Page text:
Monday, May 21, 2012


Good Morning! as depicted by Wilson the 'barrista' of deck 14

Land at last, after five days at sea. 

Arrived in Darwin and hooked up at the cruise terminal which is a short walk away from downtown

We decided not to go on an organized tour but rather to wander around on our own. Walked along the lagoon and see the commercial vessels - ranging from tour boats to pearlers to fishing boats

Darwin has a great story to tell ……. It’s a small city by most measures – a population of around 130,000 today, they say. It was founded in the mid- 19th Century by just over 100 settlers. A very diverse population has developed as its basic industries developed – Pearl Diving and aquaculture, mining including for Argyle pink diamonds and as a port for the embarkation of livestock from Queensland and the Northern Territory.

Darwin has regularly been demolished, depopulated and regrown until that has become one of its major tales. In February 1942 the Japanese bombed Darwin attacking in two waves. They dropped more bombs here than they did on Pearl Harbor and destroyed many of the buildings, sank civilian and naval shipping (including a US Naval ship) and caused substantial loss of life. The extent of the destruction was kept a secret for long after the war and even now the extent of the loss of life is disputed – officially 250 or so but potentially twice that or more because no one really knew how many Aborigines were killed. Given the extreme risk of invasion the area became a military zone and civilians were all moved to a line parallel to Brisbane half-way down the continent!

Again in 1974 on Christmas eve and Christmas Day there was major destruction of Darwin – this time through Cyclone Tracy. Pretty much every habitation was destroyed and again there had to be a mass evacuation.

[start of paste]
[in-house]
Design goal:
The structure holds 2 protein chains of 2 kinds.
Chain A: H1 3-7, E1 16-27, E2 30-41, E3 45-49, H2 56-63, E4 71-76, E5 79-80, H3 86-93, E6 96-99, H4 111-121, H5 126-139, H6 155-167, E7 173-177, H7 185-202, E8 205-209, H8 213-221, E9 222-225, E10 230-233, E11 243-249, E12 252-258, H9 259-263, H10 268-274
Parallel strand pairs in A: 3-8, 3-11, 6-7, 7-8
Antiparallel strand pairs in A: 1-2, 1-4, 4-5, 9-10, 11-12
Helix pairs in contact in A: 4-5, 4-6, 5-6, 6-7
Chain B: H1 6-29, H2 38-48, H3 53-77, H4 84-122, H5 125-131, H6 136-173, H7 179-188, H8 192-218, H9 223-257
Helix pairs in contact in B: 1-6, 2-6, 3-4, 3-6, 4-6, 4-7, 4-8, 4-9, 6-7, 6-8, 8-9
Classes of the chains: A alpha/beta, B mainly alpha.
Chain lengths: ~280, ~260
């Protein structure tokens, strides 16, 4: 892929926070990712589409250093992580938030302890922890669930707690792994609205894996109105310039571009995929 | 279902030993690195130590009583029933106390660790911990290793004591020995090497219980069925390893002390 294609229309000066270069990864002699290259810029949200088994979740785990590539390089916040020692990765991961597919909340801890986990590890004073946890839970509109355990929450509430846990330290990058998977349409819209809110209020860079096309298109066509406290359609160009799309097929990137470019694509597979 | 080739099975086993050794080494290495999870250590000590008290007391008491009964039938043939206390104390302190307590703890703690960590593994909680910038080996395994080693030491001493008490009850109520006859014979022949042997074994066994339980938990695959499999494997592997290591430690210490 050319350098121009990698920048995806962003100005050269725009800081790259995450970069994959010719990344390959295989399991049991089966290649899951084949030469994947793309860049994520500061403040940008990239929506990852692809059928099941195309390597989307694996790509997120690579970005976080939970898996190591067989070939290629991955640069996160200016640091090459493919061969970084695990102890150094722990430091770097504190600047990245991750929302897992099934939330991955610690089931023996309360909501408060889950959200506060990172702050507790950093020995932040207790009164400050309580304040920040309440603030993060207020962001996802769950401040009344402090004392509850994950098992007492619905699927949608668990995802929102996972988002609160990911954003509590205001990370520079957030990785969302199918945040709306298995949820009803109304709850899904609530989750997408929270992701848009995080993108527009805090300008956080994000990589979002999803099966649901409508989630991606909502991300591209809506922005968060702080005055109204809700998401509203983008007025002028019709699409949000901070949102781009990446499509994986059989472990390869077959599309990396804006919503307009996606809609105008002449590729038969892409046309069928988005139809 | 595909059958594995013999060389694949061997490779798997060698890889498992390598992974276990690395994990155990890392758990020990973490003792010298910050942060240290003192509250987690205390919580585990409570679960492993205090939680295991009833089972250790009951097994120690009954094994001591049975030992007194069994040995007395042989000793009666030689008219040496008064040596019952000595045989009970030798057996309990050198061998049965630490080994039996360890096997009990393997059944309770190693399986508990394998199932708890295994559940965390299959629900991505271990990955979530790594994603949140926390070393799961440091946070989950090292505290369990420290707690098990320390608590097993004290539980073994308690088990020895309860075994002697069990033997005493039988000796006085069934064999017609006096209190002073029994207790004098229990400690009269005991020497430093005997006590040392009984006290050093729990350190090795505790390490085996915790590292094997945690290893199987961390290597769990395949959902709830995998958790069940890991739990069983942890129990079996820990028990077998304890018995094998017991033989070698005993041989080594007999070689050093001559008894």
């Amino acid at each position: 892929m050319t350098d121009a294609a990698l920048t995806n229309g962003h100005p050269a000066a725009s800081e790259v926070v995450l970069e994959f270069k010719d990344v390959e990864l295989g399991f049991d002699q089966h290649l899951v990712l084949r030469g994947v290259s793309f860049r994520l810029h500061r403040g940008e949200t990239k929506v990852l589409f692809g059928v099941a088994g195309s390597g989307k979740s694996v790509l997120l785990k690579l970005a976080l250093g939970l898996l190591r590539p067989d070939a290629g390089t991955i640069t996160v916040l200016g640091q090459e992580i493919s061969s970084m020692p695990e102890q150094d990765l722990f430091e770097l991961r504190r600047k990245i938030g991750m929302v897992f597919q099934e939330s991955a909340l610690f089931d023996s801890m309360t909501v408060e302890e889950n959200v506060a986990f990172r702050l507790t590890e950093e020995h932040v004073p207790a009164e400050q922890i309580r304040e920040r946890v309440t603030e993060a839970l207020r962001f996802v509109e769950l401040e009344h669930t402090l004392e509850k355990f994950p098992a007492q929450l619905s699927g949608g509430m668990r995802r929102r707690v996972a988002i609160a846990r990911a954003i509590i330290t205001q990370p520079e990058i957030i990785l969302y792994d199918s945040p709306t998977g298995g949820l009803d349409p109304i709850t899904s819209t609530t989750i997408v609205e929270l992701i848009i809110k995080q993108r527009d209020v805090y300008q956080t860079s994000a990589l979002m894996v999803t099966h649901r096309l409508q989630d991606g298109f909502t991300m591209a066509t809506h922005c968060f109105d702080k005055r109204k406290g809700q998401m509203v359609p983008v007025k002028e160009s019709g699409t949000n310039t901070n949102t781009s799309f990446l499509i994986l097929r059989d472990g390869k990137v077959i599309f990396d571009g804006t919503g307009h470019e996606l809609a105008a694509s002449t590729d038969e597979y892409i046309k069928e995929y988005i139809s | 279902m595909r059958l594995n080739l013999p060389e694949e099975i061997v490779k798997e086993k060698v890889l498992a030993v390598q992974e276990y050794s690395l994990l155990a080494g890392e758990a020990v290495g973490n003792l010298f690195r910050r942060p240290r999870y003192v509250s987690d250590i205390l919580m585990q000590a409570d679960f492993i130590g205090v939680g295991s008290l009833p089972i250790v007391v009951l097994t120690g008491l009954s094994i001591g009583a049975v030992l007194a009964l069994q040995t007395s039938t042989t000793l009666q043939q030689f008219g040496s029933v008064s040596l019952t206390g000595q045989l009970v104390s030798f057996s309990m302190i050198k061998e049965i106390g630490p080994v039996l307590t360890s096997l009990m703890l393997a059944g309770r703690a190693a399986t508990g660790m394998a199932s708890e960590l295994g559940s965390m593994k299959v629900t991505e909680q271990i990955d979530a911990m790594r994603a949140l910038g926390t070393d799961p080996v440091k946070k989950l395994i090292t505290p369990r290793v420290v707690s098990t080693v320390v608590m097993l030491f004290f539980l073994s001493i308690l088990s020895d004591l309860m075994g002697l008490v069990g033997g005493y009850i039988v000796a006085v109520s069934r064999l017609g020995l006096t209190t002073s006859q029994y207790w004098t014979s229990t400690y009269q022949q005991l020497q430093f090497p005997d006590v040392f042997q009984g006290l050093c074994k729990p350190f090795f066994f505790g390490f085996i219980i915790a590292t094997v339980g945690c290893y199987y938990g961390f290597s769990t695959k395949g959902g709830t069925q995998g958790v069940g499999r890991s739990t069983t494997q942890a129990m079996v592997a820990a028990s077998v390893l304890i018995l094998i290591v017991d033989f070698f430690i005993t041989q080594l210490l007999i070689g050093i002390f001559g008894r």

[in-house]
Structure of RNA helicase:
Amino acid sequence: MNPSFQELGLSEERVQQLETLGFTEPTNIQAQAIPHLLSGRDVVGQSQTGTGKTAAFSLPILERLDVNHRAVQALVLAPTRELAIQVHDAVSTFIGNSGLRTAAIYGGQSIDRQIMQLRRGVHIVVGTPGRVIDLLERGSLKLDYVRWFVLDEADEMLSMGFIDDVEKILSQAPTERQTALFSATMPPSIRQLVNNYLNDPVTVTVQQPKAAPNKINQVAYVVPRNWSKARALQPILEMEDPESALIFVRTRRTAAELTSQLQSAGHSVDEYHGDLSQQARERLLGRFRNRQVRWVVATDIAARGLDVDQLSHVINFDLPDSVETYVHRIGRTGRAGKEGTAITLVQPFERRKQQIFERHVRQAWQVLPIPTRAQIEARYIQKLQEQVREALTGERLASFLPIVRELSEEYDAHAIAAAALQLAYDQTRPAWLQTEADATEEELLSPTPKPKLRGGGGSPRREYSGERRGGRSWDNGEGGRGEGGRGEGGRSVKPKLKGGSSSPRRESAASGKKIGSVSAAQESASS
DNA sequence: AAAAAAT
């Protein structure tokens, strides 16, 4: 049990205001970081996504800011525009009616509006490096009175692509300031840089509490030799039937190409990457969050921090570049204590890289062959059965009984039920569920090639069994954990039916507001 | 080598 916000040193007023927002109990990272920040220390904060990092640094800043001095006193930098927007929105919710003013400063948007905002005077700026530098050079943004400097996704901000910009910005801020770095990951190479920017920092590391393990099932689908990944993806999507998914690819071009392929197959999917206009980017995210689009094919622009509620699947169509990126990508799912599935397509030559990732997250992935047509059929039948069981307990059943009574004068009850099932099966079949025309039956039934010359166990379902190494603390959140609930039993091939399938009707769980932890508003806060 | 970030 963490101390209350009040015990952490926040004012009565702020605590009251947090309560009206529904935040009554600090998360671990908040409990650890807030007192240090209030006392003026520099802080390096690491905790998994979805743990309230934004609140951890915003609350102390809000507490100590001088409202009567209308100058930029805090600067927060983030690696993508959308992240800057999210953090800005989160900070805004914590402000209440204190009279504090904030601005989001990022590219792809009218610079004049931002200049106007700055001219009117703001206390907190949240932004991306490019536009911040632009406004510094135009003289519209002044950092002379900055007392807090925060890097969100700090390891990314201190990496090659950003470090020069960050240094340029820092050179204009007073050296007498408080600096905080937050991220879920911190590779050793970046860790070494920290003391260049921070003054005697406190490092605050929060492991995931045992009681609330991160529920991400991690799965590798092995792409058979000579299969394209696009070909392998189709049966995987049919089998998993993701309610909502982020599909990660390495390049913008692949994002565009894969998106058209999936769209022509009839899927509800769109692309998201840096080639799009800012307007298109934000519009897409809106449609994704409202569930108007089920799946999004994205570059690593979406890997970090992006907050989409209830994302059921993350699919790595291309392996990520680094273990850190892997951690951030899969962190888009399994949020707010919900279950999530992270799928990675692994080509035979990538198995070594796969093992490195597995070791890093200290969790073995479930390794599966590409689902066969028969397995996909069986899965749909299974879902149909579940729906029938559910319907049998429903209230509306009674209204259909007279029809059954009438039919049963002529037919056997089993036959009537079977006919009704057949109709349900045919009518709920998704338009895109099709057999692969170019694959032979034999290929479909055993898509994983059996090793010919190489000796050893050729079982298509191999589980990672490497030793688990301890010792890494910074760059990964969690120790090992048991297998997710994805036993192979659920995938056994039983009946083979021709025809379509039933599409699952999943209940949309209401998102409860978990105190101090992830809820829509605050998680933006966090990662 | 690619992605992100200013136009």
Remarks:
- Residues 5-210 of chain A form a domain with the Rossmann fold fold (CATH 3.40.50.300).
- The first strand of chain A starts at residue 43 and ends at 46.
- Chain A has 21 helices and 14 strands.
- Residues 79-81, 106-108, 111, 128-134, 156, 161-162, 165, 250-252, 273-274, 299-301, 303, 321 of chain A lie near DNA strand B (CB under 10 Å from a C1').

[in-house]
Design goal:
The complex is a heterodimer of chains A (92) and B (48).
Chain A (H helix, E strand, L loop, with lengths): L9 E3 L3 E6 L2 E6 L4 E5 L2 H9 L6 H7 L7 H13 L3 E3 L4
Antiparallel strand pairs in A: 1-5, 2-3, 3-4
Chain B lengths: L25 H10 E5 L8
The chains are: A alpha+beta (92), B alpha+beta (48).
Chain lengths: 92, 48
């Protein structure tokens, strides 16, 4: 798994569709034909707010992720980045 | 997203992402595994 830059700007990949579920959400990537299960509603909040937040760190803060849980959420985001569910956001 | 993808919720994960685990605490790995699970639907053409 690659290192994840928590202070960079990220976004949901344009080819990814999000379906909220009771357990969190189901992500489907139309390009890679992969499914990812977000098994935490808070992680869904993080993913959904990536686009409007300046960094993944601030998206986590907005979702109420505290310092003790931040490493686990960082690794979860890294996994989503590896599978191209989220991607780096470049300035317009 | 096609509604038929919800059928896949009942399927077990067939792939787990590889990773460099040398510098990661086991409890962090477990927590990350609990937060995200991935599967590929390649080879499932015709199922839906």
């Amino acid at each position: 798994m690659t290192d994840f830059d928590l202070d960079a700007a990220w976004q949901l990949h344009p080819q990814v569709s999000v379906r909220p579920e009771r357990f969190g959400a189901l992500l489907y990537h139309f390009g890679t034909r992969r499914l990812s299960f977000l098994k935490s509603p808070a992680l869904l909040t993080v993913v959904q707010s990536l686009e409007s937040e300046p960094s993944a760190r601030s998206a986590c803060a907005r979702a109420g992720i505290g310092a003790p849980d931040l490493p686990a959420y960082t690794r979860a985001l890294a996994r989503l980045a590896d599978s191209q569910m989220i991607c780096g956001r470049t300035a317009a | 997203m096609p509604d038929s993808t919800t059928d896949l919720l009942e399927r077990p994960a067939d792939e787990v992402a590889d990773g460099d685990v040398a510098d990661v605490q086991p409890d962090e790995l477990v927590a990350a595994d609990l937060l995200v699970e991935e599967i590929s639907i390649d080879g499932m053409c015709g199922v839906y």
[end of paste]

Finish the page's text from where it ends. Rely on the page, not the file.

Darwin has survived and grown and is the center of a fascinating part of Australia – one I will definitely revisit (probably next year). The major sites are areas of great natural beauty and homes to relatively authentic Aboriginal culture.


The two areas that sound most interesting to me are the Litchfield National Park with its waterfalls and Kakadu.

On this trip, sadly, we are only here for the day so it will be hard to see more than the city itself - although one of the tours offered by the ship is a Darwin Pub Crawl (which starts at 10am and finishes at lunchtime)! A vague sense of the place is also provided in the blurb we received about Darwin that tells us “ locals in the top end consume over 60 gallons of beer a year…..”

I have a feeling that if I cant get a decent internet connection while here that might be my activity of last resort!!

Ah well – back to the ship and on to Singapore. Interestingly, together with a bevy of Singapore Immigration Officers – they know how to live they will be doing our clearance en route on board ship.
As Lael would say – must be nice!!!


  1. It's funny, one of lael's peeps made that MBN comment on his facebook posting about your trip- As always, looking forward to the next post :)

  2. My boys would love to say KAKA-DO!